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Safe water supply in emergencies and the need for an exit strategy to sustain health gains: lessons learned from the 2005 earthquake in Pakistan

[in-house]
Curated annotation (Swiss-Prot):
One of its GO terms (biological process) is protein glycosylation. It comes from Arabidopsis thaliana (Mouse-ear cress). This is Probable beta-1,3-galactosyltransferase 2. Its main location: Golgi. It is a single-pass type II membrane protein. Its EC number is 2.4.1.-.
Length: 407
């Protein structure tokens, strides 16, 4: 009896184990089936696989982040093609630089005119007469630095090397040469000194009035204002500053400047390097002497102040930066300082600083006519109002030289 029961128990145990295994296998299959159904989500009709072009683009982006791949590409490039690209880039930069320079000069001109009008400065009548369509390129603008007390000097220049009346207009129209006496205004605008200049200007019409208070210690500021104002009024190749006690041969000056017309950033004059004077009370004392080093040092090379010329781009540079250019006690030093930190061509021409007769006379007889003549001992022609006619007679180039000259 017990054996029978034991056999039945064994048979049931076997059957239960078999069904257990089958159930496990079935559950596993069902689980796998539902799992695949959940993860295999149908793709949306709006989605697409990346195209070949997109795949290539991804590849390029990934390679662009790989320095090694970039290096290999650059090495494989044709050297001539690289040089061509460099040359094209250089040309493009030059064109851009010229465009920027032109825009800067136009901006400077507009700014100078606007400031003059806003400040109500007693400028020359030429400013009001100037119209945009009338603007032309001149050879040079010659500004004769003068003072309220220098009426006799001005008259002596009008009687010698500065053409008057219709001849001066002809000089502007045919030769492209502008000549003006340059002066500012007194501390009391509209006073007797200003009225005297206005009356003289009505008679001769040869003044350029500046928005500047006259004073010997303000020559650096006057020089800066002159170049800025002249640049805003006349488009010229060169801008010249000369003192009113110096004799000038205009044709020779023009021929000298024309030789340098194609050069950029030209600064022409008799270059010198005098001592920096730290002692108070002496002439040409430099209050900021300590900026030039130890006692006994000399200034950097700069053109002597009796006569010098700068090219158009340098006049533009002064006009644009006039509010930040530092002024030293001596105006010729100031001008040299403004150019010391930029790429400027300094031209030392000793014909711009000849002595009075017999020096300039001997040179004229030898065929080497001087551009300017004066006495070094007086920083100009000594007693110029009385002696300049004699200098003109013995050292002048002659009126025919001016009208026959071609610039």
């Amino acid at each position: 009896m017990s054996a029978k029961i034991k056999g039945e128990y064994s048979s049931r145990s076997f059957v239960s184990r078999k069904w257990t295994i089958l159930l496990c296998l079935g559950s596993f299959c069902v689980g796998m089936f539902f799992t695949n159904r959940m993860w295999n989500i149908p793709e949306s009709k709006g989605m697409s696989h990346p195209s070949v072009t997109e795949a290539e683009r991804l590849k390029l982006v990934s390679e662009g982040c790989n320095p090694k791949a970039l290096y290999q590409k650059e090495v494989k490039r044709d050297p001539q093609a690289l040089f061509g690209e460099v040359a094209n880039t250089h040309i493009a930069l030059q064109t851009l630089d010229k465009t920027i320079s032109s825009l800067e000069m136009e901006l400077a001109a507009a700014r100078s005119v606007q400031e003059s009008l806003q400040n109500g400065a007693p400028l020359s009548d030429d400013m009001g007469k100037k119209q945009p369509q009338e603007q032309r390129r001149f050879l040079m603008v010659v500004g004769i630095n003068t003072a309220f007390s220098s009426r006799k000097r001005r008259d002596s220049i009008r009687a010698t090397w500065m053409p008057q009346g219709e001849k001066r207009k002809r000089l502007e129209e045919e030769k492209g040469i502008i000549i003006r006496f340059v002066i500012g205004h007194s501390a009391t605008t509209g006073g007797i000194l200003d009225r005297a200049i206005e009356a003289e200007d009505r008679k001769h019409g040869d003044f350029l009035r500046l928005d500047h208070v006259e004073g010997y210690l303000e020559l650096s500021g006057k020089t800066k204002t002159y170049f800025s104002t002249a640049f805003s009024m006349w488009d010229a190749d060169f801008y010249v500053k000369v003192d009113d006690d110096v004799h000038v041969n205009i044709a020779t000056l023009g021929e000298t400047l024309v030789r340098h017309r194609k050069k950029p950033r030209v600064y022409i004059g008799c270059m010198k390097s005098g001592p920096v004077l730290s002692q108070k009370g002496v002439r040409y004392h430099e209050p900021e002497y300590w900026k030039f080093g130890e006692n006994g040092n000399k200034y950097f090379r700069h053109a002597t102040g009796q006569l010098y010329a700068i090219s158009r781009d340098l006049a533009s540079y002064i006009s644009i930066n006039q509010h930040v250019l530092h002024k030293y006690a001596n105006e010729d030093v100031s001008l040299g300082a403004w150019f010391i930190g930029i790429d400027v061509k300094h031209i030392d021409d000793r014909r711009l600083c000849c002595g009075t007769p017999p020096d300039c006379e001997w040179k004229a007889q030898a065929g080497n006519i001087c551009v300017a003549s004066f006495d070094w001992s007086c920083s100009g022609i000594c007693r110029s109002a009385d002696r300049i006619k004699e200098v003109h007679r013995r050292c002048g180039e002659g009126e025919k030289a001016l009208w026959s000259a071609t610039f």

The bacteriological quality of drinking-water supply of five major urban centres affected by the October 2005 earthquake in Pakistan were assessed in three phases: onset of emergency, during emergency response and post-emergency. A total of 1850 samples were randomly collected from the study area during each phase, and faecal coliforms were detected in 100%, 28% and 91% in Battagram, 81%, 22% and 77% in Mansehra, 100%, 27% and 92% in Rawalakot, 100%, 23% and 65% in Bagh and in 30%, 14% and 5% in Muzaffarabad respectively. Faecal contamination was high during the onset of emergency and post-emergency phases in four out of the five surveyed towns. The organization of a timely emergency response intervention depends on the level of preparedness of local water-supply service providers as well as on their institutional capacities. Bacteriological water-quality improvements in emergencies may not be sustained unless complemented by a proper exit strategy.

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